The Central Drugs Standard Control Organisation (CDSCO), India’s top drug regulator, will only approve Covid-19 vaccines that meet parameters, such as their ability to show they can improve clinical outcomes by at least 50 per cent during human testing. This means that Covid vaccines approved in India must be able to reduce the frequency of those inoculated being clinically diagnosed with the disease by 50 per cent or higher, according to experts.
The regulator, which released a new set of guidelines for Covid-19 vaccines on Monday, also emphasized that the statistical range of efficacy (the ability to produce the desired outcome) in the human trials cannot be lower than 30 per cent.
The guidelines come several months after the World Health Organization (WHO) and the US Food and Drug Administration (US FDA) released their own guidelines for Covid-19 vaccine approvals and draw from both documents, according to experts that have been closely tracking and involved in Covid-19 vaccine developments.
“To ensure that a widely deployed Covid-19 vaccine is effective, the primary efficacy endpoint point estimate for a placebo-controlled efficacy trial should be at least 50 percent, and the statistical success criterion should be that the lower bound of the appropriately alpha-adjusted confidence interval around the primary efficacy endpoint point estimate is (greater than) 30 percent,” stated CDSCO.
“What this essentially translates to is that the trial size has to be sufficient so that if the investigators get exactly 50 percent efficacy, we should have confidence that it will not be less than 30 percent,” said vaccine scientist and Christian Medical College, Vellore professor Dr Gagandeep Kang.
What this means?
The regulator is trying to ensure the candidate approved for mass vaccination shows an improvement of at least 50 per cent over the status quo. This means the number of people who develop symptoms, and are diagnosed by a doctor with Covid, should reduce by at least 50 per cent upon vaccination, as opposed to those who aren’t vaccinated.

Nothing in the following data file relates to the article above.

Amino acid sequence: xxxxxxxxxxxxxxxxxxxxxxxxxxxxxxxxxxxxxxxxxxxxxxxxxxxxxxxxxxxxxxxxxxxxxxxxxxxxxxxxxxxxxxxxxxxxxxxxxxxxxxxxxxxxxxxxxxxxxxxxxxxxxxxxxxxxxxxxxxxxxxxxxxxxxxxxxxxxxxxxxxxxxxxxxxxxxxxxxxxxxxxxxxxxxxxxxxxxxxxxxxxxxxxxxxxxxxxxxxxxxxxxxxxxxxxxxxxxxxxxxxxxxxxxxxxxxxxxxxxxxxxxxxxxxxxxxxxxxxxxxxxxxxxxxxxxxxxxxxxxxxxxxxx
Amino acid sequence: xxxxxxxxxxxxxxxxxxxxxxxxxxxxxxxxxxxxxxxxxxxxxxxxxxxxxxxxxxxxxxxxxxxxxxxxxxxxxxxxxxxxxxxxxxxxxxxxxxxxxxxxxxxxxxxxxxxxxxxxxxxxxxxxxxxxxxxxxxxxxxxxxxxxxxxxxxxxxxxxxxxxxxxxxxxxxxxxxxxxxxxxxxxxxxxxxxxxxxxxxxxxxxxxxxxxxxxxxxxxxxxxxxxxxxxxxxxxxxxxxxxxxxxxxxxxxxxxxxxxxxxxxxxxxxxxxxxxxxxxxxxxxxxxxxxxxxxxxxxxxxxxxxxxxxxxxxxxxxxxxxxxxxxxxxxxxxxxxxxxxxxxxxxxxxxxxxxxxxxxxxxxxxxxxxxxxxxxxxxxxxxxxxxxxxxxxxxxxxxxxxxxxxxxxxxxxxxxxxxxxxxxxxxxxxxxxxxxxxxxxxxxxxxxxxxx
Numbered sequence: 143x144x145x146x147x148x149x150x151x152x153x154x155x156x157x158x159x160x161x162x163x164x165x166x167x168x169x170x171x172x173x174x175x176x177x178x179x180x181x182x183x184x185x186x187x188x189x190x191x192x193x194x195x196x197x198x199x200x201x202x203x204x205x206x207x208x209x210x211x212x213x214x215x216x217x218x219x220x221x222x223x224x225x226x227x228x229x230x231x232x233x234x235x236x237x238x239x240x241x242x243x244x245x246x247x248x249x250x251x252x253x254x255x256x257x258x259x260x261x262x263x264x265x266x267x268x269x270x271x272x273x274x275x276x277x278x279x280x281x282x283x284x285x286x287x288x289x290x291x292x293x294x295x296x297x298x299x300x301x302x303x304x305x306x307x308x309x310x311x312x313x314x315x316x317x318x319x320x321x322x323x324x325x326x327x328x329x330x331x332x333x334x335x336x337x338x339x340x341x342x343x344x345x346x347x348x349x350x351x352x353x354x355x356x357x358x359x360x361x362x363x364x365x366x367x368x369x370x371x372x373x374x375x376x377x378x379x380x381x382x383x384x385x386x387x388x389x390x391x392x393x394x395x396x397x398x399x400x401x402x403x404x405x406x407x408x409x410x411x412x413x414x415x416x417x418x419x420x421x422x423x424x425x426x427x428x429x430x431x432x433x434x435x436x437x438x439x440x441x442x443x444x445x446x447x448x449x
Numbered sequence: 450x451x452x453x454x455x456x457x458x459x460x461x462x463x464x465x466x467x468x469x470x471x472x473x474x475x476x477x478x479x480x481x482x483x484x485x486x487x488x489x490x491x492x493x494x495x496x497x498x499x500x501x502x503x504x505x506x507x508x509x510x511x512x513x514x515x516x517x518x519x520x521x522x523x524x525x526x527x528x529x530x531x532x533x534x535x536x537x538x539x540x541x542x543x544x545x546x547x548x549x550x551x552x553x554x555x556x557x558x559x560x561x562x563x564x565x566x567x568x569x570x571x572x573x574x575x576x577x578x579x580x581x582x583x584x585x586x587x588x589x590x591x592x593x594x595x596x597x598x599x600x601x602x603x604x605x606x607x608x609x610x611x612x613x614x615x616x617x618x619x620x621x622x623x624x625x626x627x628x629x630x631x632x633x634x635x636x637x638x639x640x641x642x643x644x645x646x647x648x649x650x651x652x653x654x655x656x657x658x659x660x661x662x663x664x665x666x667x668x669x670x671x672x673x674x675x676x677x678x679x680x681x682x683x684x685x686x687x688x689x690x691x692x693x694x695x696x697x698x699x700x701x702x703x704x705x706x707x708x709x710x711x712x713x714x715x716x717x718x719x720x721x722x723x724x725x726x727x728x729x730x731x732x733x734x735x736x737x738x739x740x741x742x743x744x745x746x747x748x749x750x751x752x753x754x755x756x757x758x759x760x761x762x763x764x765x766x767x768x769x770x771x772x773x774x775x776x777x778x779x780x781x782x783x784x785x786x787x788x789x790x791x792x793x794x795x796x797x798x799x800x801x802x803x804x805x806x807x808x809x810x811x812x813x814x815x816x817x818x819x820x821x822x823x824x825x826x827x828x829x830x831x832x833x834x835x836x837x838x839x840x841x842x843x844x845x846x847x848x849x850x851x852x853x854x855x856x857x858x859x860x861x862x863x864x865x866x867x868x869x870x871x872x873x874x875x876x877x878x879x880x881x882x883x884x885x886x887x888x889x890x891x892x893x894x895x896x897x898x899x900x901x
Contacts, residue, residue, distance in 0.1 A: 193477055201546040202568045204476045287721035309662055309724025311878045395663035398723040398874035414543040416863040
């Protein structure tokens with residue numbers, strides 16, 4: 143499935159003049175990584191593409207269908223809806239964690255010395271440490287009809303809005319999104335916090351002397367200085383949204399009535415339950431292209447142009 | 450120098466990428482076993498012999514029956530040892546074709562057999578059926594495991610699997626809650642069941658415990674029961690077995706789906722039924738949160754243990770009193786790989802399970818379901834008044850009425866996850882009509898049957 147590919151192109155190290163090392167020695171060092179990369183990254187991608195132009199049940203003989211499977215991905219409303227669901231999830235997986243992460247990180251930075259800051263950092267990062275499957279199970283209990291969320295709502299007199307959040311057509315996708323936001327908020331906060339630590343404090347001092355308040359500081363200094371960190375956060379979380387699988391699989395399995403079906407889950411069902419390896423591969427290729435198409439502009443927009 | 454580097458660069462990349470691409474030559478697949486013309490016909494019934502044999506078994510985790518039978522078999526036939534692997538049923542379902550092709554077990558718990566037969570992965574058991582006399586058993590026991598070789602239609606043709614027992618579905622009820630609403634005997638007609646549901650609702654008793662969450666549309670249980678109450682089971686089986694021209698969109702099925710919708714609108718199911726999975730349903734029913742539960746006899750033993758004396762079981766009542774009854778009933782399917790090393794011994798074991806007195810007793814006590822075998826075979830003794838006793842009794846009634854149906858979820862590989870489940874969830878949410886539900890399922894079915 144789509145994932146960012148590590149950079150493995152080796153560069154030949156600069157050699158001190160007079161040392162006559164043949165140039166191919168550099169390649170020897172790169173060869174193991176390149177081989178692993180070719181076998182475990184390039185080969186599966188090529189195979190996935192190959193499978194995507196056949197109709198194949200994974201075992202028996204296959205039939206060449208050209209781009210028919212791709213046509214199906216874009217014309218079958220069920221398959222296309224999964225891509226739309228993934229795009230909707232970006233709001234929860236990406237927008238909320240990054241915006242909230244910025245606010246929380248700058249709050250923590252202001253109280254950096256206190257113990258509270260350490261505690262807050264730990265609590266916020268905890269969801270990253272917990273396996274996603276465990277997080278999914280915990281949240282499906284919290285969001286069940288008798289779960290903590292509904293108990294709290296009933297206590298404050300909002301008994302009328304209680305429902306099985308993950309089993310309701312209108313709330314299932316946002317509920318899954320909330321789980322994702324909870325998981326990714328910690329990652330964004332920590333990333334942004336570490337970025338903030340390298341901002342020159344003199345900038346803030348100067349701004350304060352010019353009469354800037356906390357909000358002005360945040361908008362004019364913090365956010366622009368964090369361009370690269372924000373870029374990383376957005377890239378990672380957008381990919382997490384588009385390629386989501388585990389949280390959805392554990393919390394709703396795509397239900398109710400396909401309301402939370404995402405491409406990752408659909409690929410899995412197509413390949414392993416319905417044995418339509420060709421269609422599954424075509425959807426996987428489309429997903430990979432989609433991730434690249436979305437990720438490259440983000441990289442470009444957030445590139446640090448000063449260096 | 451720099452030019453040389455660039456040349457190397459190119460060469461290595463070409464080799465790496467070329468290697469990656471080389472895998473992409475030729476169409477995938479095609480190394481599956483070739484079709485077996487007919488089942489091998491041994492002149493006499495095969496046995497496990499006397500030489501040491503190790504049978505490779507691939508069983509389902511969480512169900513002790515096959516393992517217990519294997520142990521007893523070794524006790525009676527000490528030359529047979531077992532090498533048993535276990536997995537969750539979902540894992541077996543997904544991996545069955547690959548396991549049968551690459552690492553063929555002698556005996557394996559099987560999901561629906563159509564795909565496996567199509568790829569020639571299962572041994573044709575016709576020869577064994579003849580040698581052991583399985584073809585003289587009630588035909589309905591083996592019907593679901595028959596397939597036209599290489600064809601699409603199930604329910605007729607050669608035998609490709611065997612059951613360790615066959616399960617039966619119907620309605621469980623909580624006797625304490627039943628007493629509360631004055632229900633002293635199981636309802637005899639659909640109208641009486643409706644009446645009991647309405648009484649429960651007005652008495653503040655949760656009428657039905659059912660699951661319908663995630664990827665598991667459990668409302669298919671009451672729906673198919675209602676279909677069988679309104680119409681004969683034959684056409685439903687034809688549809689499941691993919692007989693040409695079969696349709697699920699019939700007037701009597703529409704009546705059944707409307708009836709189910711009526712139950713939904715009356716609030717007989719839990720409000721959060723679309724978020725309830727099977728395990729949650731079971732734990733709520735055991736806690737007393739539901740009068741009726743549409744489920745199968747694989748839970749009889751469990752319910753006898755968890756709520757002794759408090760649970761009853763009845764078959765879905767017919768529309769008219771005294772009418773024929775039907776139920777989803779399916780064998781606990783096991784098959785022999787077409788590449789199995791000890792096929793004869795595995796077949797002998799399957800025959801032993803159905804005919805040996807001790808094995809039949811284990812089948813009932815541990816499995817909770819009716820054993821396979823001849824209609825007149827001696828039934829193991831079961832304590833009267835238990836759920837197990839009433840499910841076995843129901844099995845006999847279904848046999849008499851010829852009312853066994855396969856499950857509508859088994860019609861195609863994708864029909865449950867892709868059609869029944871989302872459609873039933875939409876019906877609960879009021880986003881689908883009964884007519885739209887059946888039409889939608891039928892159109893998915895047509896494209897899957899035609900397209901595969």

“In a clinical trial, they are recruiting a certain number of patients to represent a larger population. CDSCO is saying that the basis of the primary objective should be to show an improvement in clinical symptoms,” said Dr Davinder Gill, former CEO of Hilleman Laboratories. “Considering the efficacy parameter, this means that the number of vaccinated participants that have been diagnosed by a doctor to have Covid-19 after vaccination should be at least 50 percent less than those in the placebo group. This number cannot be less than 30 percent,” he said.
According to him, objectives like “carriage” of the virus, or the reduction of transmission of the virus itself, cannot be the sole reason for receiving a licence from CDSCO to market the vaccine in the country.
“SARS-CoV-2 infection (whether or not symptomatic) should be evaluated as a secondary or exploratory endpoint, if not evaluated as a primary endpoint,” stated the draft.
“Essentially, if the primary endpoint is virologically confirmed disease–which means you must be sick and test positive for the virus to count as a case–as a secondary endpoint, you could test positive but may not be sick,” said Dr Kang.
“The guidelines are an amalgamation of WHO and US FDA guidance and are good to have. It would have been good to have a table stating what is essential and what is optional, particularly for safety monitoring, as safety concerns are affected by the vaccine platform,” she added.
The “first” goal for a Covid-19 vaccine in India would be the “reduction of mortality” in the vulnerable population, Dr VK Paul, Member (Health), Niti Aayog, who chairs the National Expert Group on Vaccine Administration for Covid-19.
CDSCO has also clarified in the draft that persons infected with the SARS-CoV-2 virus in the past should be included in vaccine testing, as long as they do not have “acute” Covid-19 or other acute infectious illnesses.
“Vaccine safety and COVID-19 outcomes in individuals with prior SARS-CoV-2 infection, which might have been asymptomatic, is also important to examine because pre-vaccination screening for prior infection may not be feasible in practice when the COVID-19 vaccine is approved and introduced in the market,” stated the 40-page draft.
“Therefore, subjects with history or laboratory evidence of prior COVID-19 infection should not be excluded from COVID-19 vaccine trial,” it added.
The guidelines are aimed at offering more clarity to vaccine firms that have been in the dark about India’s requirements where Covid-19 vaccines are concerned.
In early August, three vaccine firms raised the ambiguity in guidelines for Covid-19 vaccines, including their level of efficacy, during a panel discussion in Hyderabad.
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